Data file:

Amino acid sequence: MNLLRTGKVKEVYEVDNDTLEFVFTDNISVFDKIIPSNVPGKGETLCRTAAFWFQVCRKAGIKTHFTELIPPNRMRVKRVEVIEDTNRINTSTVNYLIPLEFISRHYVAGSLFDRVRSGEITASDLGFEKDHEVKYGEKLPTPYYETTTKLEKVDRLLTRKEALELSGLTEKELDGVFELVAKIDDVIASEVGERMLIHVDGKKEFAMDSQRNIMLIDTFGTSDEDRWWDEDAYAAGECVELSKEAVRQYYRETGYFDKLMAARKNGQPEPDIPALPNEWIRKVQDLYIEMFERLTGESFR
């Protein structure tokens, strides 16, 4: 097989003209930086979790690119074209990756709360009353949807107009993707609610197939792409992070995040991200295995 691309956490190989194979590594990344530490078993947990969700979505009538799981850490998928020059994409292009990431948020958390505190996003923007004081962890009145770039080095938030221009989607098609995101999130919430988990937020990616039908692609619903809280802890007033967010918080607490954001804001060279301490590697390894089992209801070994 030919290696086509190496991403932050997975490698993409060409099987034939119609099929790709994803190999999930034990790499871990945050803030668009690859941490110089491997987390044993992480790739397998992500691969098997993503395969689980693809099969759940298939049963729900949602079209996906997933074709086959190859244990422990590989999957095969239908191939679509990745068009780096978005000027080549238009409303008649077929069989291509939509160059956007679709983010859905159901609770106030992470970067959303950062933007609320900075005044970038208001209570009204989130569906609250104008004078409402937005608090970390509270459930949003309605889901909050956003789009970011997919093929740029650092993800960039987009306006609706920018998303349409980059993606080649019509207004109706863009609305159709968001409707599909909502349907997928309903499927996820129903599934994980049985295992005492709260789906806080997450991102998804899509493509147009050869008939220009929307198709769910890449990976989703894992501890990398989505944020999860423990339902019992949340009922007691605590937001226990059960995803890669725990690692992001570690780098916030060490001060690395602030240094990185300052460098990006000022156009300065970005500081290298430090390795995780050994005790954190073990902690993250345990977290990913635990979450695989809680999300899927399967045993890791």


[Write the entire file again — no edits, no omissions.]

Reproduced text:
Amino acid sequence: MNLLRTGKVKEVYEVDNDTLEFVFTDNISVFDKIIPSNVPGKGETLCRTAAFWFQVCRKAGIKTHFTELIPPNRMRVKRVEVIEDTNRINTSTVNYLIPLEFISRHYVAGSLFDRVRSGEITASDLGFEKDHEVKYGEKLPTPYYETTTKLEKVDRLLTRKEALELSGLTEKELDGVFELVAKIDDVIASEVGERMLIHVDGKKEFAMDSQRNIMLIDTFGTSDEDRWWDEDAYAAGECVELSKEAVRQYYRETGYFDKLMAARKNGQPEPDIPALPNEWIRKVQDLYIEMFERLTGESFR
């Protein structure tokens, strides 16, 4: 097989003209930086979790690119074209990756709360009353949807107009993707609610197939792409992070995040991200295995 691309956490190989194979590594990344530490078993947990969700979505009538799981850490998928020059994409292009990431948020958390505190996003923007004081962890009145770039080095938030221009989607098609995101999130919430988990937020990616039908692609619903809280802890007033967010918080607490954001804001060279301490590697390894089992209801070994 030919290696086509190496991403932050997975490698993409060409099987034939119609099929790709994803190999999930034990790499871990945050803030668009690859941490110089491997987390044993992480790739397998992500691969098997993503395969689980693809099969759940298939049963729900949602079209996906997933074709086959190859244990422990590989999957095969239908191939679509990745068009780096978005000027080549238009409303008649077929069989291509939509160059956007679709983010859905159901609770106030992470970067959303950062933007609320900075005044970038208001209570009204989130569906609250104008004078409402937005608090970390509270459930949003309605889901909050956003789009970011997919093929740029650092993800960039987009306006609706920018998303349409980059993606080649019509207004109706863009609305159709968001409707599909909502349907997928309903499927996820129903599934994980049985295992005492709260789906806080997450991102998804899509493509147009050869008939220009929307198709769910890449990976989703894992501890990398989505944020999860423990339902019992949340009922007691605590937001226990059960995803890669725990690692992001570690780098916030060490001060690395602030240094990185300052460098990006000022156009300065970005500081290298430090390795995780050994005790954190073990902690993250345990977290990913635990979450695989809680999300899927399967045993890791």